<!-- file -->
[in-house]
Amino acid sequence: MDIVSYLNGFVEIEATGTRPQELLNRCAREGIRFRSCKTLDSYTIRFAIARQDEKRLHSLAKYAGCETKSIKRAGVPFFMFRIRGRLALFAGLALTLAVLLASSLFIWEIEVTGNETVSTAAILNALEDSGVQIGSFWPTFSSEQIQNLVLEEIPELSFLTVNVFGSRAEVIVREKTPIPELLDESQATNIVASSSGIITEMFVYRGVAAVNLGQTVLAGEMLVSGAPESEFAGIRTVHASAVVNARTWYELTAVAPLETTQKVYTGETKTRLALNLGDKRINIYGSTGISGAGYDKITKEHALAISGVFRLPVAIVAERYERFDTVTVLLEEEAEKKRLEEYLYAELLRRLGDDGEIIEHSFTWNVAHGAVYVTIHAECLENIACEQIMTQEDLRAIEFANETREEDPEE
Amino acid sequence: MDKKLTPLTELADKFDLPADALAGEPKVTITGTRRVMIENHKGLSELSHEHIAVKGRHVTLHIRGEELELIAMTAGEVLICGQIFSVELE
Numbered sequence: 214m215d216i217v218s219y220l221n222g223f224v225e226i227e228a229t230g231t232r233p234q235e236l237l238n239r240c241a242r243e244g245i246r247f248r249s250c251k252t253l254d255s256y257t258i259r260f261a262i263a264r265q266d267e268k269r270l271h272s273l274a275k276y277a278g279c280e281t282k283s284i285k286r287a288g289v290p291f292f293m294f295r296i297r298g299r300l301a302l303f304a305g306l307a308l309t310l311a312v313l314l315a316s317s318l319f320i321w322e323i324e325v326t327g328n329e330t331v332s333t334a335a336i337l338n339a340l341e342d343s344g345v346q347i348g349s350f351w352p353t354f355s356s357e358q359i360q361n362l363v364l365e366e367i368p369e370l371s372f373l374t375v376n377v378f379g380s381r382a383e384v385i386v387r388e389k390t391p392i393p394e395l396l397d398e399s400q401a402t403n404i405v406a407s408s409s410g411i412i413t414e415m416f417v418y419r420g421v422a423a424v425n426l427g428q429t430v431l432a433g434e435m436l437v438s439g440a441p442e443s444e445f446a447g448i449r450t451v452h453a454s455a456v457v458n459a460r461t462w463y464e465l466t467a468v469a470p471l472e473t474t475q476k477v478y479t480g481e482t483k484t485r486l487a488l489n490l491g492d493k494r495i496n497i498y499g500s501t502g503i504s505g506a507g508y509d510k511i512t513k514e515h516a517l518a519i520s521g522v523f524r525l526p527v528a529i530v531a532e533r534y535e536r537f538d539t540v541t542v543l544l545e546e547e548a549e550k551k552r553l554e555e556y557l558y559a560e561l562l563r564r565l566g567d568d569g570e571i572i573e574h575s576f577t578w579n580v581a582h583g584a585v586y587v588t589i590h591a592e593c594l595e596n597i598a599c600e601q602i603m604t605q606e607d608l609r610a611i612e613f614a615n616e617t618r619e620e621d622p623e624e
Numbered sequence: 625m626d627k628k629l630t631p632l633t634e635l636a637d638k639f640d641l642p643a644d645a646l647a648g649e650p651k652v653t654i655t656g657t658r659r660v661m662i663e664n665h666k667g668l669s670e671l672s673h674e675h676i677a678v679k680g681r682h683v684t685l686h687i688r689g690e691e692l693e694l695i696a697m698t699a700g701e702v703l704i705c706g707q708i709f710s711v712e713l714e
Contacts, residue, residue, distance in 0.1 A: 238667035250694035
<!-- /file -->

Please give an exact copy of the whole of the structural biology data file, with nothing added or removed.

[in-house]
Amino acid sequence: MDIVSYLNGFVEIEATGTRPQELLNRCAREGIRFRSCKTLDSYTIRFAIARQDEKRLHSLAKYAGCETKSIKRAGVPFFMFRIRGRLALFAGLALTLAVLLASSLFIWEIEVTGNETVSTAAILNALEDSGVQIGSFWPTFSSEQIQNLVLEEIPELSFLTVNVFGSRAEVIVREKTPIPELLDESQATNIVASSSGIITEMFVYRGVAAVNLGQTVLAGEMLVSGAPESEFAGIRTVHASAVVNARTWYELTAVAPLETTQKVYTGETKTRLALNLGDKRINIYGSTGISGAGYDKITKEHALAISGVFRLPVAIVAERYERFDTVTVLLEEEAEKKRLEEYLYAELLRRLGDDGEIIEHSFTWNVAHGAVYVTIHAECLENIACEQIMTQEDLRAIEFANETREEDPEE
Amino acid sequence: MDKKLTPLTELADKFDLPADALAGEPKVTITGTRRVMIENHKGLSELSHEHIAVKGRHVTLHIRGEELELIAMTAGEVLICGQIFSVELE
Numbered sequence: 214m215d216i217v218s219y220l221n222g223f224v225e226i227e228a229t230g231t232r233p234q235e236l237l238n239r240c241a242r243e244g245i246r247f248r249s250c251k252t253l254d255s256y257t258i259r260f261a262i263a264r265q266d267e268k269r270l271h272s273l274a275k276y277a278g279c280e281t282k283s284i285k286r287a288g289v290p291f292f293m294f295r296i297r298g299r300l301a302l303f304a305g306l307a308l309t310l311a312v313l314l315a316s317s318l319f320i321w322e323i324e325v326t327g328n329e330t331v332s333t334a335a336i337l338n339a340l341e342d343s344g345v346q347i348g349s350f351w352p353t354f355s356s357e358q359i360q361n362l363v364l365e366e367i368p369e370l371s372f373l374t375v376n377v378f379g380s381r382a383e384v385i386v387r388e389k390t391p392i393p394e395l396l397d398e399s400q401a402t403n404i405v406a407s408s409s410g411i412i413t414e415m416f417v418y419r420g421v422a423a424v425n426l427g428q429t430v431l432a433g434e435m436l437v438s439g440a441p442e443s444e445f446a447g448i449r450t451v452h453a454s455a456v457v458n459a460r461t462w463y464e465l466t467a468v469a470p471l472e473t474t475q476k477v478y479t480g481e482t483k484t485r486l487a488l489n490l491g492d493k494r495i496n497i498y499g500s501t502g503i504s505g506a507g508y509d510k511i512t513k514e515h516a517l518a519i520s521g522v523f524r525l526p527v528a529i530v531a532e533r534y535e536r537f538d539t540v541t542v543l544l545e546e547e548a549e550k551k552r553l554e555e556y557l558y559a560e561l562l563r564r565l566g567d568d569g570e571i572i573e574h575s576f577t578w579n580v581a582h583g584a585v586y587v588t589i590h591a592e593c594l595e596n597i598a599c600e601q602i603m604t605q606e607d608l609r610a611i612e613f614a615n616e617t618r619e620e621d622p623e624e
Numbered sequence: 625m626d627k628k629l630t631p632l633t634e635l636a637d638k639f640d641l642p643a644d645a646l647a648g649e650p651k652v653t654i655t656g657t658r659r660v661m662i663e664n665h666k667g668l669s670e671l672s673h674e675h676i677a678v679k680g681r682h683v684t685l686h687i688r689g690e691e692l693e694l695i696a697m698t699a700g701e702v703l704i705c706g707q708i709f710s711v712e713l714e
Contacts, residue, residue, distance in 0.1 A: 238667035250694035